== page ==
A collection of nursery rhymes, each in both English and Spanish, collected from the Spanish community in the Americas, many with instructions for accompanying finger plays or other activities.
Cuando Daisy Ramona recorre su barrio en motocicleta con su papi, ve a la gente y los lugares que siempre ha conocido. También ve a una comunidad que está cambiando rápidamente a su alrededor. Pero mientras el sol azul púrpura y dorado se va poniendo a sus espaldas, Daisy Ramona comprende que el amor que siente por su ciudad nunca cambiará. Con brillantes ilustraciones y un texto lleno de sentimiento, Mi papi tiene una motocicleta es un mensaje lleno de amor de una niña a su padre, esforzado trabajador, y a los recuerdos que todos guardamos de nuestro hogar a pesar de los cambios o la distancia.
Nancy and Douglas, determined to learn what is on the other side of a fence, try Nancy’s plans to launch, vault, and fly Douglas over, then succeed with Douglas’s simple idea.
Mia’s abuela has left her sunny house with parrots and palm trees to live with Mia and her parents in the city. The night she arrives, Mia tries to share her favorite book with Abuela before they go to sleep and discovers that Abuela can’t read the words inside. So while they cook, Mia helps Abuela learn English (“Dough. Masa”), and Mia learns some Spanish too, but it’s still hard for Abuela to learn the words she needs to tell Mia all her stories.
The story of a fun-loving Taino Indian boy who must learn the value of loyalty and hard work.
In the title story, Lucinda hatches a clever plan to get her boyfriend back and is crushed when she ultimately realizes that it’s impossible to force a guy to love you. Like all young people, she ignores the advice of her mom and learns that lesson and many more the hard way.
Children discover a world of colors all around them: red is spices and swirling skirts, yellow is masa, tortillas, and sweet corn cake. Many of the featured objects are Latino in origin, and all are universal in appeal. With rich, boisterous illustrations, a fun-to-read rhyming text, and an informative glossary, this playful concept book will reinforce the colors found in every child’s day.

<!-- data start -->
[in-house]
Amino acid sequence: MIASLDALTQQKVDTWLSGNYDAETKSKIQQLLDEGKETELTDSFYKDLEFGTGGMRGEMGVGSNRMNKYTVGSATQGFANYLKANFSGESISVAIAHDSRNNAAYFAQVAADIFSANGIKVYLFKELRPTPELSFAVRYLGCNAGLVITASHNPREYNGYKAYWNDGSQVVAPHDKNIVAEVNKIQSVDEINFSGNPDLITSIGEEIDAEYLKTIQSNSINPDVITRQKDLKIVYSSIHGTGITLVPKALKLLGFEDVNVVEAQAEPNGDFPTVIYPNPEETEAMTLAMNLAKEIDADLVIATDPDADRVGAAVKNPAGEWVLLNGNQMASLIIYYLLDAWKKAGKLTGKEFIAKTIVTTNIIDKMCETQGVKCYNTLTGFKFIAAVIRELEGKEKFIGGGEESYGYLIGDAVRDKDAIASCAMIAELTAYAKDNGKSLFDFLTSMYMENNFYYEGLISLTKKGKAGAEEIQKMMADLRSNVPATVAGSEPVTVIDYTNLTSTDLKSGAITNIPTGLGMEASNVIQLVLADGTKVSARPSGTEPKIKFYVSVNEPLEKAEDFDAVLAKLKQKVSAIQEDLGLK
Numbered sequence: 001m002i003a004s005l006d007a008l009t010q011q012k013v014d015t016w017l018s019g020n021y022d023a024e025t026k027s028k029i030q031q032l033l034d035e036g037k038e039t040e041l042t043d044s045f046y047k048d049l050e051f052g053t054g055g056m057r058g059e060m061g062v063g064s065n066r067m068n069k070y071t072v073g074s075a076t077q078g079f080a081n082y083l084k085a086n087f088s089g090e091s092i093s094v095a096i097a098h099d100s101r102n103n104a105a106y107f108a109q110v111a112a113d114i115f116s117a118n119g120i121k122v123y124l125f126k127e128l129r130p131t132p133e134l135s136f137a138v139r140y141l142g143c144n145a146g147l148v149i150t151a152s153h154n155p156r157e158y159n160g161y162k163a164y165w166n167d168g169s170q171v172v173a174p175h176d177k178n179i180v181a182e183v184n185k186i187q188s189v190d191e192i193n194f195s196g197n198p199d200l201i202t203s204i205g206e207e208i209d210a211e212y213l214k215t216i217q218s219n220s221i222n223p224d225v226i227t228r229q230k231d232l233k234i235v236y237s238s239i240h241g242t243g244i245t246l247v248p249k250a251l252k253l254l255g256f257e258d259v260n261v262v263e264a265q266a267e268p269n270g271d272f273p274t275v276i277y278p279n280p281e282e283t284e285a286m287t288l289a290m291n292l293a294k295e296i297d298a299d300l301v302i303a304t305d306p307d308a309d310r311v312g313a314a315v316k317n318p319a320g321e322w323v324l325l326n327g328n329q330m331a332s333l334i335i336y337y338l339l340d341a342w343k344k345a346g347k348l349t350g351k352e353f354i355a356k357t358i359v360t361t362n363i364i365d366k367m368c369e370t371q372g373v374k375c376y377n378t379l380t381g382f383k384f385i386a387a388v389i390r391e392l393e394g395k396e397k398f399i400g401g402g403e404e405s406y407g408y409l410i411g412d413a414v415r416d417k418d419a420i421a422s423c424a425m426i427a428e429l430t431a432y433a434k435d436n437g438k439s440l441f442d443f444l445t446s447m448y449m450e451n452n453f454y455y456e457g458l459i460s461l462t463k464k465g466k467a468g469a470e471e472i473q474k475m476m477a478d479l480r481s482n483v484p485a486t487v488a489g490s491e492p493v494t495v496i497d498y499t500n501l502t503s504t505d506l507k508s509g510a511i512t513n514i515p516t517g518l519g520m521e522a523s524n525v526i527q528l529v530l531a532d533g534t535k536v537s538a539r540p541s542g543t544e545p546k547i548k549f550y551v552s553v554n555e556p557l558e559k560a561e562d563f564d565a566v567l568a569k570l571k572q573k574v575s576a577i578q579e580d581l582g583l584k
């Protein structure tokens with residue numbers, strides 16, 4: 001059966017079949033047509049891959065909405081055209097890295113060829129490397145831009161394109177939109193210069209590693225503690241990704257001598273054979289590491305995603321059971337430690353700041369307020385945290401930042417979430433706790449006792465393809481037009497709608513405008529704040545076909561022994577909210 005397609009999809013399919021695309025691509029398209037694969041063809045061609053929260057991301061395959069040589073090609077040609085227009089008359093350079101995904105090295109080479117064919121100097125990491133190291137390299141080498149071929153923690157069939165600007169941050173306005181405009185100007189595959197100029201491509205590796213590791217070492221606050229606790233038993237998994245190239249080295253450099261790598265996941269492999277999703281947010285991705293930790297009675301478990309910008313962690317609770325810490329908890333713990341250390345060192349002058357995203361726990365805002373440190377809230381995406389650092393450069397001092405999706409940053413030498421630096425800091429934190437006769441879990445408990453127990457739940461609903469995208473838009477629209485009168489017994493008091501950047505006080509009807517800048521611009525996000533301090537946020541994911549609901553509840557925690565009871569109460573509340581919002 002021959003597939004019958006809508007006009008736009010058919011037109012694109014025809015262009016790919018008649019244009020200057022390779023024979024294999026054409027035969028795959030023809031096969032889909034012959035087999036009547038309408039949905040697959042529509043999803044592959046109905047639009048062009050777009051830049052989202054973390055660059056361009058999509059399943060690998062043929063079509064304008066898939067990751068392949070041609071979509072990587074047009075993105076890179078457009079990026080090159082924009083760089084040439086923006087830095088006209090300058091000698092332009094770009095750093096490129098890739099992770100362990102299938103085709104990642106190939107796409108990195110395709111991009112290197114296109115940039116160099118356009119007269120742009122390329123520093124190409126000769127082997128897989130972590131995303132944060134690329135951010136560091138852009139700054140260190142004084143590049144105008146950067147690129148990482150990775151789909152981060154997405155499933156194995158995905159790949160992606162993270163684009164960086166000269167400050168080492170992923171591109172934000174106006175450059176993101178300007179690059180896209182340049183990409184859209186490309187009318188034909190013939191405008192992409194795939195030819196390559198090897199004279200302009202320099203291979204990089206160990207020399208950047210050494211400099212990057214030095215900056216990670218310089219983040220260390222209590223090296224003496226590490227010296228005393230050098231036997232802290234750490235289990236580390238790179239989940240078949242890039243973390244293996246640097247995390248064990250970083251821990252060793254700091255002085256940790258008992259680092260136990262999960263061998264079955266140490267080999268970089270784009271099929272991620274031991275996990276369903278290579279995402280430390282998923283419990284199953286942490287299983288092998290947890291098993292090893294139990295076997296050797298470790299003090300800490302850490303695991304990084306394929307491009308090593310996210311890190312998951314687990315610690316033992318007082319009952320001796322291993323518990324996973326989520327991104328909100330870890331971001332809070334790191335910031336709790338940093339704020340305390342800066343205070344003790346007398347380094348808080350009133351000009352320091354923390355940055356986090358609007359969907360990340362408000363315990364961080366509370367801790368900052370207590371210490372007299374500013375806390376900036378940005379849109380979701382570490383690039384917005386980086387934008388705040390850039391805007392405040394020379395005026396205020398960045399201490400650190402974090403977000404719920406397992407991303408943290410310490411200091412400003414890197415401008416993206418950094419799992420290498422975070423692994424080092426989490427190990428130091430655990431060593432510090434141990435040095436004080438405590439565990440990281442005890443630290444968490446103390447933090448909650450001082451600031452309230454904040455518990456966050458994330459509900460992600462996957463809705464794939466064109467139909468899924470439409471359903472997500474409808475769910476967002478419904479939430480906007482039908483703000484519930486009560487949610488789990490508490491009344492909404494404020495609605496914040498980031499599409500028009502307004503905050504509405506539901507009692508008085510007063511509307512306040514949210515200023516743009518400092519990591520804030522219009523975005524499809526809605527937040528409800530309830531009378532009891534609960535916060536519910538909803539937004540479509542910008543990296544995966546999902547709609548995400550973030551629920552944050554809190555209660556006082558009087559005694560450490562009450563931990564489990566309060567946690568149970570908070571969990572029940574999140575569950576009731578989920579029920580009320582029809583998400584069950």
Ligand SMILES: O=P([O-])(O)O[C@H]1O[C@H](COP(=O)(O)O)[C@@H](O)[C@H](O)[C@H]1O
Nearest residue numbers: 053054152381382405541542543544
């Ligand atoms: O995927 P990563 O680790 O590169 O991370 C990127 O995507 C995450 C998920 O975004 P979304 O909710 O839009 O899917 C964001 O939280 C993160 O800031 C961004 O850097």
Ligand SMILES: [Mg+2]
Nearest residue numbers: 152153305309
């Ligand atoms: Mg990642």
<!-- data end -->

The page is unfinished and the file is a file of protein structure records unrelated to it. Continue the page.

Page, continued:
The little mouse Zapata learns from Lupita that children put their teeth at the head of the bed or under the pillow in exchange for coins. Since that time he goes around looking for teeth for the unhappy toothless king.
A brief fictional recounting of legendary epidemics that struck the American Southwest–the smallpox epidemics of the eighteenth and nineteenth centuries and the influenza epidemic during World War I–which ravaged many rural communities throughout the West. Includes author’s notes about the characters.
To get the “ratoncitos,” little mice who have moved into the barrio, to come to come to his house, Chato the cat prepares all kinds of good food: fajitas, frijoles, salsa, enchiladas, and more. Wisely, the mice bring along a canine friend who ensures that Chato eats tortillas and not them for dinner.